The Corona pandemic has shown how fragile the supply chains of modern companies really are. Of course, the vulnerability of branched supply chains to disruption is not a new insight. However, over the past two years, the global economy has experienced for the first time what happens when the worst happens. In light of this wake-up call, companies should ask themselves whether they want to continue sourcing their rubber and plastic molded parts from the Far East.
In most companies, supply chain management is price-driven. If several suppliers offer goods of comparable quality, purchasing usually opts for the less expensive supplier. As a result, a great many producers source their plastic and elastomer molded parts from Asia, a region characterized by a robust industry and low raw material and labor costs.
However, with the monetary benefits that sourcing from Asia offers come some risks. For example, basic delivery times are significantly higher than those of European suppliers. An order placed by ocean freight may well be three months in transit before it arrives in Europe.
In addition, the long transport route offers more opportunities for unforeseen events that can prevent timely delivery. On a voyage lasting several months, there is a much greater chance that bad weather or congested ports will cause delays. In addition, shipments of goods pass through several bottlenecks on their way from Asia to Europe, where disruptions can have serious consequences. Just think of the blockade of the Suez Canal in March 2021.
Then there are geopolitical risk factors. Punitive tariffs or import restrictions imposed due to trade disputes or diplomatic incidents can also delay or even block shipments of goods, often with only a few weeks’ notice.
In a stable economic situation, these disadvantages are compensated by lower purchase prices. In times of crisis, however, this changes.
The economic impact of the Corona pandemic cannot yet be precisely assessed. What is certain, however, is that some sectors have suffered greatly from the crisis. Among other things, sales in the catering, tourism and local transport sectors have fallen sharply, which has also had an impact on their suppliers and service providers. At the end of this causal chain is the raw materials industry, which has also suffered a drop in sales and has reduced its extraction or production volumes accordingly.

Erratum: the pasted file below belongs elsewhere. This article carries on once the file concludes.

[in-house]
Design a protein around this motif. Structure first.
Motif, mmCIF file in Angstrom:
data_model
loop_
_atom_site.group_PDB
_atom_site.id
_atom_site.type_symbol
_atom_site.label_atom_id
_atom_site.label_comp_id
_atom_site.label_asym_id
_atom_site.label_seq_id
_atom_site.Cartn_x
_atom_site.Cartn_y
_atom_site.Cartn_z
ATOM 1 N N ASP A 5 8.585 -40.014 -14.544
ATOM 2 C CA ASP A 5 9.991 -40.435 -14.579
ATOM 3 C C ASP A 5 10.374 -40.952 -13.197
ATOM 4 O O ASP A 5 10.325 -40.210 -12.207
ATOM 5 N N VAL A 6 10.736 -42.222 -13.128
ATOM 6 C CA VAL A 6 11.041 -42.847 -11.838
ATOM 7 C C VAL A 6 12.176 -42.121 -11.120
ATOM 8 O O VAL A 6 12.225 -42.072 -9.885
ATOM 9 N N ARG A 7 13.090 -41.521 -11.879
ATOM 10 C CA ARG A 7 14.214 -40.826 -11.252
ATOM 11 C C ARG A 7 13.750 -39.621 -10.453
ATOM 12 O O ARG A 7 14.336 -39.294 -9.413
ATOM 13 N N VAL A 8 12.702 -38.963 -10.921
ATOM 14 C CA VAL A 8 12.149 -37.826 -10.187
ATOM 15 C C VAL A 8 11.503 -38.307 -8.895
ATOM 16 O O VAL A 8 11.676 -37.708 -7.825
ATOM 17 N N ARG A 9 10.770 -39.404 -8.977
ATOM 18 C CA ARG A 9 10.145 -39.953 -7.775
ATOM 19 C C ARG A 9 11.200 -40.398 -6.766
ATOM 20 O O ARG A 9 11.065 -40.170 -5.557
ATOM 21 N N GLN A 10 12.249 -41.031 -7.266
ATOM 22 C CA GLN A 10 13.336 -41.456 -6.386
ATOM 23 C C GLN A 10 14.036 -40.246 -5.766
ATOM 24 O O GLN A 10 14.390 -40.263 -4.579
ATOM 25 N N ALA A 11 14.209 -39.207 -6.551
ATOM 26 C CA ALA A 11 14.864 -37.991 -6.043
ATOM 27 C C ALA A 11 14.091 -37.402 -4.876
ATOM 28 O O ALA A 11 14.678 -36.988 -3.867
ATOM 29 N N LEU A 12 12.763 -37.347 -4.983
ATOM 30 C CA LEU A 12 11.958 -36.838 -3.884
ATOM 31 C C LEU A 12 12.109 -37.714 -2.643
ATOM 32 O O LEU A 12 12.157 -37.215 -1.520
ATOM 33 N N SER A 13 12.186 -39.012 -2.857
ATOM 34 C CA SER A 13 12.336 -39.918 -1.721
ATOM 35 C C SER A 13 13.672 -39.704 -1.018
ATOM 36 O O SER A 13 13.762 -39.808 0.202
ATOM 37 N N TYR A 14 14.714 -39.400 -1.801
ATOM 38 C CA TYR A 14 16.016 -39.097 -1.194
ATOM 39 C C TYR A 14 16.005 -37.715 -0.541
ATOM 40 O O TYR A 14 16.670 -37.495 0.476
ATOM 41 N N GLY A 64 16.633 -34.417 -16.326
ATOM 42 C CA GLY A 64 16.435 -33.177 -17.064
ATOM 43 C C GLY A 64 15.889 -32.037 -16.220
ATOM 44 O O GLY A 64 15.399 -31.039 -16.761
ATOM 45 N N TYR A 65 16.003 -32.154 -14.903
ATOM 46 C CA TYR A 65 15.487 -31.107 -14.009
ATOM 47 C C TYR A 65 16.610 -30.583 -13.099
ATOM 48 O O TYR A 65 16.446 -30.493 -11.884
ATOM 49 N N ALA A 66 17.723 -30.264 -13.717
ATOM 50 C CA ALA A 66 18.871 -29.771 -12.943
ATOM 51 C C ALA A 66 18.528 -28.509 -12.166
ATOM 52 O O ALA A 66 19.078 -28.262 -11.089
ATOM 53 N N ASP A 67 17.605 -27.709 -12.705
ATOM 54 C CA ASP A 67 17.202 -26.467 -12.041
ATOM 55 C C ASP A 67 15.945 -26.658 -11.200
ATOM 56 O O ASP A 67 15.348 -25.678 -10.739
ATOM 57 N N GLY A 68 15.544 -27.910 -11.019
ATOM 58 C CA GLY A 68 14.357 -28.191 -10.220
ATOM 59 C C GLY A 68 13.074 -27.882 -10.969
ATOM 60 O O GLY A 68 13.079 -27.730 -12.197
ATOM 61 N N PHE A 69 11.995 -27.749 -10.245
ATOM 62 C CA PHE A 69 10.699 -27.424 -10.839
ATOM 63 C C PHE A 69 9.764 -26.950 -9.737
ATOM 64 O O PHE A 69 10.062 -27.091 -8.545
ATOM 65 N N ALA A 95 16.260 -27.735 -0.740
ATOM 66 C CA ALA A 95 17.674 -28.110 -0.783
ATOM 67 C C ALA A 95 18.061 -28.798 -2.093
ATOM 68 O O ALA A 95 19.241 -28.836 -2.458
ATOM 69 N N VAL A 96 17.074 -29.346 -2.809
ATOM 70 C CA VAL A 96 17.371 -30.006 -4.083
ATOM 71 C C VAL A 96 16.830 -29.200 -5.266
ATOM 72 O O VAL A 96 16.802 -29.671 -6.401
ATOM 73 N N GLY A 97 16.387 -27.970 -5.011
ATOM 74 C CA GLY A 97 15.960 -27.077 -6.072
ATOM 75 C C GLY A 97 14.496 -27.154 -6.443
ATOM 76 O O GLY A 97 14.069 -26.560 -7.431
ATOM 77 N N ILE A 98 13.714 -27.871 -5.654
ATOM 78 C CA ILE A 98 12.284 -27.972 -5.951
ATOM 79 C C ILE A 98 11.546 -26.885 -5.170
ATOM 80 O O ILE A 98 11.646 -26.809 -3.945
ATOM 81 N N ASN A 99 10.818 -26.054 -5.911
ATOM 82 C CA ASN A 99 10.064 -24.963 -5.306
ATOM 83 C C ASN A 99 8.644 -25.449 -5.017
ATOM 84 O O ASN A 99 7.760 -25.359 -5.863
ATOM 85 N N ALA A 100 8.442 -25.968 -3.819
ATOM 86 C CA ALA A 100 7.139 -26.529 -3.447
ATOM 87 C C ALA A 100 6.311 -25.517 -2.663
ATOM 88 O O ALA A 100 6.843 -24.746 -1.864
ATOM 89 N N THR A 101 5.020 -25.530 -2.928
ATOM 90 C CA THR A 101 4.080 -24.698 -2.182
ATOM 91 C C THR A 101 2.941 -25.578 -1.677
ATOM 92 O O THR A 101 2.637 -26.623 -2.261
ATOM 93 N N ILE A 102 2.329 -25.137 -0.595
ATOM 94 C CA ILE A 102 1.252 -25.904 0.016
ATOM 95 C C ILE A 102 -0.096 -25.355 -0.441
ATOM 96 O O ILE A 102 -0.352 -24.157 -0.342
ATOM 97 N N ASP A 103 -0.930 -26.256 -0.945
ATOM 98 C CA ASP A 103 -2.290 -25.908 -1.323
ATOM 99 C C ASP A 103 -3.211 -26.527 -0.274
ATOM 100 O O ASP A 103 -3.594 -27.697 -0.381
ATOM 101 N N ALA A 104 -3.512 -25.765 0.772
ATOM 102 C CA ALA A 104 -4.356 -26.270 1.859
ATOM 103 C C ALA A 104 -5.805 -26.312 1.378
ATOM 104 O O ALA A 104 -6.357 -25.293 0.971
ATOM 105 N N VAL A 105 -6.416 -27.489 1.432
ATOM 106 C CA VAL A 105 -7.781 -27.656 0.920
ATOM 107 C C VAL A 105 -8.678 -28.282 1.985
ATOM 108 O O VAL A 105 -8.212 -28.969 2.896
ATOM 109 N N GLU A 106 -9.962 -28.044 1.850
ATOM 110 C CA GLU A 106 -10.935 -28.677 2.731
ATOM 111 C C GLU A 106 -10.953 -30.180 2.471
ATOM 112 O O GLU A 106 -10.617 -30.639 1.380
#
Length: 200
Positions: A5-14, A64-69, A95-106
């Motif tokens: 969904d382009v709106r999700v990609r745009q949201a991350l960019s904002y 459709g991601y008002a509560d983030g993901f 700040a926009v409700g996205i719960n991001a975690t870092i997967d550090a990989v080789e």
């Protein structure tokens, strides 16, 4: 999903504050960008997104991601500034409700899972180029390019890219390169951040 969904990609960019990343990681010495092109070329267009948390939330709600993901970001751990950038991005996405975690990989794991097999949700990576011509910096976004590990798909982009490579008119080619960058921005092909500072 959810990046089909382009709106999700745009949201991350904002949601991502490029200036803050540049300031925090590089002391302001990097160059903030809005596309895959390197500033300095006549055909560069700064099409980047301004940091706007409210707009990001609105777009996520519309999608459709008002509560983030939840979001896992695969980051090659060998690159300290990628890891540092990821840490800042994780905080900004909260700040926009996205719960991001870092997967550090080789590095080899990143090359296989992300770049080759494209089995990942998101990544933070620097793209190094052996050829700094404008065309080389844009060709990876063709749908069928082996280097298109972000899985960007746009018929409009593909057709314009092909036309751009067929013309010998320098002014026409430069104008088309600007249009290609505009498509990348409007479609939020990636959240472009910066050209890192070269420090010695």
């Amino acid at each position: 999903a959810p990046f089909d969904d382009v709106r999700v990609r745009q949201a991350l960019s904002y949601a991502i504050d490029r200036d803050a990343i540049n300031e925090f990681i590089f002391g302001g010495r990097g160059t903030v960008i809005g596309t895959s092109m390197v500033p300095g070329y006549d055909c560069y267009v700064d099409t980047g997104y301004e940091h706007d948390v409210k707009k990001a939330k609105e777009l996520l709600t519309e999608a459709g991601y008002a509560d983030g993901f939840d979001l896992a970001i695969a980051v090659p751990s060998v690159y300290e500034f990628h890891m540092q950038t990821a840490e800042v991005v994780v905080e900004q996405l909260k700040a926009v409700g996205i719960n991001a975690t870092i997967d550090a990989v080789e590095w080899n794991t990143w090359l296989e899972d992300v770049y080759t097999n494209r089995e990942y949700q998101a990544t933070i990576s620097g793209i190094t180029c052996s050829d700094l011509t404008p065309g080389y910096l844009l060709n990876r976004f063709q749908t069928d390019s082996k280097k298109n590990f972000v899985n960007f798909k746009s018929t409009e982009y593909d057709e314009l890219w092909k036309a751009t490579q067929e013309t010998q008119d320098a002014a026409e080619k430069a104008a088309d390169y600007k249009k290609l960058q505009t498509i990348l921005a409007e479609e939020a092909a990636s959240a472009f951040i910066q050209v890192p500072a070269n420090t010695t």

Since summer 2021, the number of newly reported corona cases has been declining worldwide. Most industrialized countries are experiencing an economic upswing. As a result, demand for raw materials and supplies is currently rising sharply, which in turn is driving up prices. More serious, however, is the lack of availability of certain raw materials. Thanks to the enormous demand, some resources (steel or plastics, for example) are almost impossible to obtain. And if they are, the supplier often cannot guarantee a fixed delivery date.
Development of elastomer price indices (Source: www.wdk.de)
For European manufacturing companies whose production planning depends on on-time delivery of raw materials and components, this situation is a major challenge. This is especially true for organizations that source their rubber and plastic molded parts from Asia. They lack the flexibility to find another solution at short notice if a supplier has delivery problems.
It is true that it is possible to order goods from the Far East with longer lead times, thus reducing the negative impact of delays. However, this is only possible if the company has sufficient storage capacity, which on the one hand involves costs and on the other hand contradicts the basic idea of modern supply chain management to move the warehouse to the street.
In the course of this, European suppliers are currently coming more into focus. Thanks to their geographical proximity, their basic delivery times are significantly shorter than those of Asian manufacturers. The inner-European rail or highway network has no significant bottlenecks that could form a bottleneck. In addition, there are no border controls within the Schengen area. All these factors ensure that the delivery reliability of European suppliers is significantly higher.
Supply chain management is always also a question of risk affinity. Complex supply chains that include raw materials, materials and components from all regions of the world reduce production costs and thus improve competitiveness. However, they also entail high risks. If a major disruption does occur, the companies affected find it difficult to take countermeasures at short notice. Working with local suppliers, on the other hand, is much safer, but also involves higher costs.
Ultimately, each company must decide for itself how it wants to set up its supply chain management. Some will continue to source their resource requirements from the Far East as they face high price pressure. For others, it makes sense to switch to European suppliers to gain more certainty. It is only important that manufacturing companies are aware of the risks that purely cost-oriented supply chain management entails. The last two years have shown what can happen in the worst case.
Share this post!